ICYMI: Here are our top stories from Thursday, December 12Here are some of the top stories from The Kathmandu Post (December 12, 2019).
Here are some of the top stories from The Kathmandu Post (December 12, 2019).
Rewards for medal-winning athletes draw praise—and some grievances
Prime Minister KP Sharma Oli on Wednesday announced cash rewards for Nepali athletes who won medals at the recently concluded 13th South Asian Games.
While Oli’s announcement was hailed by many for providing just rewards for athletes who are more often neglected, there was some confusion regarding the prize money for other categories, and for coaches.
Everything you need to know about Chhaupadi, the taboo ritual of banishing women to period huts
Menstruation, a biological process among women, is inextricably linked to social taboos and, often stigma, in Hindu tradition. Although social taboo against menstruation is prevalent throughout the country, it is most visibly harsh in the remote western villages of Nepal, where the practice of Chhaupadi has been killing women and girls.
Negotiations begin with Germany and France for setting up security printing press
As the stock of passports is depleting fast, the Ministry of Communication and Information Technology has started fresh negotiations with German and French firms to set up a dedicated printing facility.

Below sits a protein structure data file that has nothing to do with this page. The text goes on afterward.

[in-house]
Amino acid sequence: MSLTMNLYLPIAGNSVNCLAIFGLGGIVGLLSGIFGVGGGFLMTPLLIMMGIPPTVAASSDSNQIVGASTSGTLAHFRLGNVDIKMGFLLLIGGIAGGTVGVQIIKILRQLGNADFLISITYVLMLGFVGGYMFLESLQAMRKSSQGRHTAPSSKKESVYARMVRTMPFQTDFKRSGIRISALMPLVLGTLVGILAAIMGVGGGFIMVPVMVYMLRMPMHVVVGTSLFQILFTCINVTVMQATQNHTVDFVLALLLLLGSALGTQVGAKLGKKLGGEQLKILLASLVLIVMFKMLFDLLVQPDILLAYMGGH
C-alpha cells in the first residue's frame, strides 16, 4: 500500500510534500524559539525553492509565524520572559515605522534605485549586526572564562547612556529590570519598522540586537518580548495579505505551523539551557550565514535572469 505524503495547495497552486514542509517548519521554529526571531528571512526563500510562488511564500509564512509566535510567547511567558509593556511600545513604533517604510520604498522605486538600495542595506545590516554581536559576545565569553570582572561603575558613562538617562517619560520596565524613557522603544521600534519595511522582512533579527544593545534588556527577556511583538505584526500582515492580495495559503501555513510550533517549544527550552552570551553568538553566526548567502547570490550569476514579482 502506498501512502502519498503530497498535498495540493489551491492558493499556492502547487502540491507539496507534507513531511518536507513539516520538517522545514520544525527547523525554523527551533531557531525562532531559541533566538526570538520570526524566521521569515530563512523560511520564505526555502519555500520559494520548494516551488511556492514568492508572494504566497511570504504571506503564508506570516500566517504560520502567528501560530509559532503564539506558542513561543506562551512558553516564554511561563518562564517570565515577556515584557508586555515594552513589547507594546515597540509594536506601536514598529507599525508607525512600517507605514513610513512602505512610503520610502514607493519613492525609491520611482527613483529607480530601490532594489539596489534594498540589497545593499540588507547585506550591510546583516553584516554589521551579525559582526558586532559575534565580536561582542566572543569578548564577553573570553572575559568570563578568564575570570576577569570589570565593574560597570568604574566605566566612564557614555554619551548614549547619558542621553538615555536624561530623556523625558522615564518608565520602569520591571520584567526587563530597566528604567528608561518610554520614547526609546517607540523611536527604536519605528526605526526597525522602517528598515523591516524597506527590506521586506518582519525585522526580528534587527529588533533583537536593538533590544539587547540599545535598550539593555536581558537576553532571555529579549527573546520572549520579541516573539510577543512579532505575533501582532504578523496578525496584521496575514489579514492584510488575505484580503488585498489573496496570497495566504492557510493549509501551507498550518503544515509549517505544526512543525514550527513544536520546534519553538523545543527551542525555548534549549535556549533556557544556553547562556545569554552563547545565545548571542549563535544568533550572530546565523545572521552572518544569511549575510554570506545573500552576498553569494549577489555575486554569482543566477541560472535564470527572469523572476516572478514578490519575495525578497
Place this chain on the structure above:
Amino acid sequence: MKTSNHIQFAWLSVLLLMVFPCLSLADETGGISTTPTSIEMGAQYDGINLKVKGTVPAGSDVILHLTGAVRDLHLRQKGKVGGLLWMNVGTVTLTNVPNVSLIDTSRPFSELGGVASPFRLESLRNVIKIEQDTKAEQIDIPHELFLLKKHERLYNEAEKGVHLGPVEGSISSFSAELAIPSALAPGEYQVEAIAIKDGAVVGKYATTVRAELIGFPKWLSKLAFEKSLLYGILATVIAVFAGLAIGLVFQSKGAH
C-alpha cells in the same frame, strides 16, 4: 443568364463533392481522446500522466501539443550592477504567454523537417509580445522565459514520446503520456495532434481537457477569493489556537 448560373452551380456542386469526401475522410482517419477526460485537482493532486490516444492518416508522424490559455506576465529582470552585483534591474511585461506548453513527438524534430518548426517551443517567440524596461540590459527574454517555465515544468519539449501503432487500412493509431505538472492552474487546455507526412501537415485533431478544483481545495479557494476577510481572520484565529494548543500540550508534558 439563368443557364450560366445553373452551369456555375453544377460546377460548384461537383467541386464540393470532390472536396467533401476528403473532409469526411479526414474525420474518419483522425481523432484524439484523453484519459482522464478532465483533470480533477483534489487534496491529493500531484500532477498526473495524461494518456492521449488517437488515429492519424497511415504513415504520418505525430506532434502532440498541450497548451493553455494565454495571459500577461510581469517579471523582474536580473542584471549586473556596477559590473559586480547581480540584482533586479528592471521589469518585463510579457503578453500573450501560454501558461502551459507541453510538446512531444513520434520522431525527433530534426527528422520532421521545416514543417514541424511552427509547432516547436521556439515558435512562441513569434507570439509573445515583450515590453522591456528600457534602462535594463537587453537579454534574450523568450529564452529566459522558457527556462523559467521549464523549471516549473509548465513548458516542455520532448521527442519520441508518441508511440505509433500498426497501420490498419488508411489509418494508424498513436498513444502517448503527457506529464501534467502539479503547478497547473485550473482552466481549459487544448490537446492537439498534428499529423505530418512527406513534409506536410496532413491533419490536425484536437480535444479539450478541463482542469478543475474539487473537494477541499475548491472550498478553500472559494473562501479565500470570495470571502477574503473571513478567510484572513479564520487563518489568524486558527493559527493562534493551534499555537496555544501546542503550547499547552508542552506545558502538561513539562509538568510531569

A technical team headed by Joint-secretary at the ministry Radhika Dhakal—which includes representatives of various government agencies—tasked with assessing the proposals and recommending a government-to-government deal has already submitted its report to Minister for Communication and Information Technology Gokul Prasad Baskota, according to officials.
As monkeys menace Gandaki Province, locals turn to innovative methods of control
In recent years, the districts of Gandaki Province are increasingly coming under siege from a growing population of monkeys, according to Manohar Kadarya, an agriculture development officer at Pokhara Municipality.
“Given the rise in the number of complaints filed by locals from various districts at their respective ward offices, we have concluded that there has been an increase in the monkey population,” said Kadarya.
The primates invade fields and houses, looking for food and tend to attack when confronted by humans, forcing locals to resort to drastic measures, like setting traps and hiring trappers.
European Commission maintains ban on Nepali airlines
The European Commission maintained its ban on Nepali airlines for not meeting international safety standards. They remain on the updated EU Air Safety List which means they are still barred from EU skies.
The EU has been off-limits to Nepali carriers for the last six years. In December 2013, the European Commission imposed a blanket ban on all airlines from Nepal from flying into the 28-nation bloc.